SLUG: 5-48648 Bush foreign policy DATE: NOTE NUMBER:

DATE= 12/16/2000








INTRO: President-elect George W. Bush's nominee for secretary of state says the new administration's foreign policy will include a strong commitment to a national missile defense system and a scaled-back peacekeeping role for the United States. Retired General Colin Powell also says the Bush administration plans to maintain the U-S role in mediating peace efforts in the Middle East. More from VOA's Michael Leland in Crawford, Texas.

TEXT: After accepting Mr. Bush's nomination to become the next secretary of state, Colin Powell gave a crowd of 300 people in this small Texas town a better look at the administration's foreign policy plans. He says a national missile defense system is high on Mr. Bush's priority list, despite the fact that Russia strongly opposes such a program. He says the United States will discuss its plans with Russia, other nuclear powers and U-S allies.


These will be tough negotiations. I do not expect them to be easy, but they will have to come to the understanding that we feel this is in the best interest of the American people [and] not only the American people, the people of the world to finally start to move in the direction where we can take away the currency associated with strategic offensive weapons.

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British Foreign Office Minister Peter Hain says his government understands U-S concerns about nuclear threats by so-called rogue states. But Mr. Hain has expressed hope that the Bush administration will consider the concerns voiced by others about a missile defense system.

On the campaign trail this past year, Mr. Bush was critical of the increased U-S peacekeeping role in the world. He suggested Europe should take on a larger part of this effort in the Balkans. General Powell says once the new administration takes office, it will review all current peacekeeping missions involving American troops.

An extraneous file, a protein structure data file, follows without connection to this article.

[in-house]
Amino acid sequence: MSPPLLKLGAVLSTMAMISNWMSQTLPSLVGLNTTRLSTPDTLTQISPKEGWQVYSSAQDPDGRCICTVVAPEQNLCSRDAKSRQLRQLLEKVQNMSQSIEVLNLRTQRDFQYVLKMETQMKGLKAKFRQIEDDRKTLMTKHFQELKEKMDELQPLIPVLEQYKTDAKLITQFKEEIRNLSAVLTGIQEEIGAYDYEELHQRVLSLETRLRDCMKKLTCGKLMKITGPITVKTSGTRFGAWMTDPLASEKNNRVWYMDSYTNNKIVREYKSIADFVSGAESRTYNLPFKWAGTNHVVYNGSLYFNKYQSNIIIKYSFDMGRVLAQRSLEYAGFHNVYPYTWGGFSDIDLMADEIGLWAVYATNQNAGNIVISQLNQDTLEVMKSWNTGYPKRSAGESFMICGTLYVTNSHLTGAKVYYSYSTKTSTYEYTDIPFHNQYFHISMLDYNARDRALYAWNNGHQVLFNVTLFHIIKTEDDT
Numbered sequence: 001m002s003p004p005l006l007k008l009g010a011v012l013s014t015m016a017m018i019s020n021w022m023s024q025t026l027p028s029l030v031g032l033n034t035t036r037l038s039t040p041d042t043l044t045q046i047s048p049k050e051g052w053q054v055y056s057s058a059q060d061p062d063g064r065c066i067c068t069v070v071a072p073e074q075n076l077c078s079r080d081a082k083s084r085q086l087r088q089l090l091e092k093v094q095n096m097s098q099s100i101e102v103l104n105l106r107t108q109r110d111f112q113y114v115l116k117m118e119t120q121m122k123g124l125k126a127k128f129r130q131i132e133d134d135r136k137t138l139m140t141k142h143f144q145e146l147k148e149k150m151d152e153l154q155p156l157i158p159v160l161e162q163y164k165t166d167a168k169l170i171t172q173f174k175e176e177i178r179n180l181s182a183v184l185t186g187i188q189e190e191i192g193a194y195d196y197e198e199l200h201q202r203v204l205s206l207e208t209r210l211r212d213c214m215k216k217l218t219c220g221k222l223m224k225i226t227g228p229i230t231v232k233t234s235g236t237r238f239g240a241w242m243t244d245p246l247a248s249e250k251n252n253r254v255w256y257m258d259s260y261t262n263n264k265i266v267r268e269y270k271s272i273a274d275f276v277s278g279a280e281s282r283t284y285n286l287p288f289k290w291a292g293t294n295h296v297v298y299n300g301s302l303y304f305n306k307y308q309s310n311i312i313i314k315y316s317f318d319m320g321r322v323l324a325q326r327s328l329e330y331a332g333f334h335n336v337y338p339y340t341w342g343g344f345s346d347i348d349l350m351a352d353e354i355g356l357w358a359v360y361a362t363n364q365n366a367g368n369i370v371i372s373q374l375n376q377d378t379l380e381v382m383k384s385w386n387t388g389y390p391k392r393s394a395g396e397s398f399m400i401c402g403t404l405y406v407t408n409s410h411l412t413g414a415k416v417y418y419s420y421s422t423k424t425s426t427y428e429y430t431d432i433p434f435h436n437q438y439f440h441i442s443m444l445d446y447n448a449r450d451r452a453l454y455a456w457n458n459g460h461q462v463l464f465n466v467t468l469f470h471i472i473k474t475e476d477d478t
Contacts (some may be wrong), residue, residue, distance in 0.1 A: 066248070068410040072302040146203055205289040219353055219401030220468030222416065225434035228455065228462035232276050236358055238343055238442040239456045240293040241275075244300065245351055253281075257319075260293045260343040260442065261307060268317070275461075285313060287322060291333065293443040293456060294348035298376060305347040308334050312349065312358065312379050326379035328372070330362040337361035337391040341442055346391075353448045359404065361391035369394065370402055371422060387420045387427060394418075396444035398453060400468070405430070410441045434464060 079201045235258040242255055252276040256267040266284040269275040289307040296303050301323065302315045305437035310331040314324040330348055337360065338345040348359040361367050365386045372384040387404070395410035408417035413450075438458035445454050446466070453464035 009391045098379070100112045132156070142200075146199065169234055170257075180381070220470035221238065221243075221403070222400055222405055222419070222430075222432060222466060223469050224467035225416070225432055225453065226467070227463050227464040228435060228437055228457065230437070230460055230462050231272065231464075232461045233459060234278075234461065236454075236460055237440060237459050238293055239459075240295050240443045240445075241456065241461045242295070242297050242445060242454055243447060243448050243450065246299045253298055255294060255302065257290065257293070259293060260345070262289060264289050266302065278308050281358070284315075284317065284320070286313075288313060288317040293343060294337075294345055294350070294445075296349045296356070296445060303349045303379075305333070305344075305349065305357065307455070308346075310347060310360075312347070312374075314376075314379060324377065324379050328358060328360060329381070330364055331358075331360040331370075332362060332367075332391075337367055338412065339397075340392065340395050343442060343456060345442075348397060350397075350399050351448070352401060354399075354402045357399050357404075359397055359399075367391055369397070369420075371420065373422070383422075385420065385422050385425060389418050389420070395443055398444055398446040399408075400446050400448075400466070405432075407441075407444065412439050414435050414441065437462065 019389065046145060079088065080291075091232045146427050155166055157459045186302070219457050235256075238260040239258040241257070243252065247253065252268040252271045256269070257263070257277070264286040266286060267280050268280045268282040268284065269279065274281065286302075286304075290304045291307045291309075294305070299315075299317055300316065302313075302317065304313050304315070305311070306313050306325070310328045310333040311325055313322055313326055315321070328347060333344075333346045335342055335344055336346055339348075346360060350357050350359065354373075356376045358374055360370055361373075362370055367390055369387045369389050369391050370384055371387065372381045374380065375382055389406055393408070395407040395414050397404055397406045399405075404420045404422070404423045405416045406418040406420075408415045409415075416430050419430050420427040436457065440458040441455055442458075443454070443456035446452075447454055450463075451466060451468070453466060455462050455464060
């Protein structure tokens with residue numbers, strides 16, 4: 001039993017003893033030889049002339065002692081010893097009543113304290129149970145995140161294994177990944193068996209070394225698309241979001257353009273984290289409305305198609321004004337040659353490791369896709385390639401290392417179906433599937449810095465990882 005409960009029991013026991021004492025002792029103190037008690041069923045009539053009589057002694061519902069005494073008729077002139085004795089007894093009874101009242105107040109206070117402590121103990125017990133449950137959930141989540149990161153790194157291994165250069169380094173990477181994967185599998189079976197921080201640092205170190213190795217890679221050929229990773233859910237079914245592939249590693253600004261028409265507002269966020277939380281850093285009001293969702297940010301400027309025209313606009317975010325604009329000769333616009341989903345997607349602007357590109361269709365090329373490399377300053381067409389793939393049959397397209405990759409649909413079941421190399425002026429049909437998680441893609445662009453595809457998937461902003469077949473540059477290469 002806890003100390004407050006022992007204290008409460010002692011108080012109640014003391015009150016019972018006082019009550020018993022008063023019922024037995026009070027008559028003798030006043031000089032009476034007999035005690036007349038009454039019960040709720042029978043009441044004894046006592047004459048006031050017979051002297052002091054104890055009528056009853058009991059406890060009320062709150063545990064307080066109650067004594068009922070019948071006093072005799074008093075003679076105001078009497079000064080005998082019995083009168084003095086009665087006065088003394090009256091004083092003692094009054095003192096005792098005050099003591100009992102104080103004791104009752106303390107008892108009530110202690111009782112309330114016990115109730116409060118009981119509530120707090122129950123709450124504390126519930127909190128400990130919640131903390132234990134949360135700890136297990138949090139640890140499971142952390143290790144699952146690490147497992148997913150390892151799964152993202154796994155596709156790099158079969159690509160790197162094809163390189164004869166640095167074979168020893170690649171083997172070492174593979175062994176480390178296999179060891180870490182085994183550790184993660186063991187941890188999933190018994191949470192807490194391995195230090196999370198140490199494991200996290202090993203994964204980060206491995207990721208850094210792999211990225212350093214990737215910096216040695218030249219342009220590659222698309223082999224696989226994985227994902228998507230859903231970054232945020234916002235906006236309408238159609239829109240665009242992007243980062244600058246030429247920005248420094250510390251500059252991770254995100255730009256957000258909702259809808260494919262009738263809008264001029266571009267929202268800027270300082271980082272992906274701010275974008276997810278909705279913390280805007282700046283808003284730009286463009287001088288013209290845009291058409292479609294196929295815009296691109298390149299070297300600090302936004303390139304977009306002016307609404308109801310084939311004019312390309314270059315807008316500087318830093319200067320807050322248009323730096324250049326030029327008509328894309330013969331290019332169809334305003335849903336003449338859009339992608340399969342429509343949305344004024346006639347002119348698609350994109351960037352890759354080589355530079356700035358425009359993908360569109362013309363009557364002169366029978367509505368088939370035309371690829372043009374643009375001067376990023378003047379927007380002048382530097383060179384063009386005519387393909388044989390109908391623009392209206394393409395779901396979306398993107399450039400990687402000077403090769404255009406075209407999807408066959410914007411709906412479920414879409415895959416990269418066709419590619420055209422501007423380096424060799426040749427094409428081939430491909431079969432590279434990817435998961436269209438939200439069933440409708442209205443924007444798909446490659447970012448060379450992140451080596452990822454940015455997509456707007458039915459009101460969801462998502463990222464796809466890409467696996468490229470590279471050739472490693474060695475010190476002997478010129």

Our armed forces are stretched rather thin and there is a limit to how many of these deployments we can sustain. So, we are going to take a look at that, talk to our allies, consult and make on-the-ground assessments of what we are doing now, what is needed now but also what is going to be needed in the future.

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General Powell says the new administration is committed to helping bring peace to the Middle East. He says Washington wants to see Israel living in freedom and peace, while considering the aspirations of Palestinians and other countries in the region.


So I think America will continue to be a friend to all sides. America will continue to put forward ideas. America will remain engaged until we can find that solution to this most difficult problem. At the end of the day, it will have to be the parties in the region that will have to find that solution and come into agreement.

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The general says the Bush administration wants to maintain economic sanctions against Iraq, even while sentiment for maintaining the embargo lessens in other nations. He says Iraq agreed at the end of the Gulf War to fully account for its weapons technology, and it has not kept that promise.


We will work with our allies to reenergize the sanctions regime. I will make the case at every opportunity I get that we are not doing this to hurt the Iraqi people, we are doing this to protect the peoples of the region. The children of the region, who would be the targets of these weapons of mass destruction if we did not contain them and get rid of them.

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Iraq's Deputy Prime Minister Tariq Aziz said Saturday that his government is not concerned about the change of administrations in the United States, because it expects no change in American policy toward Baghdad. (signed)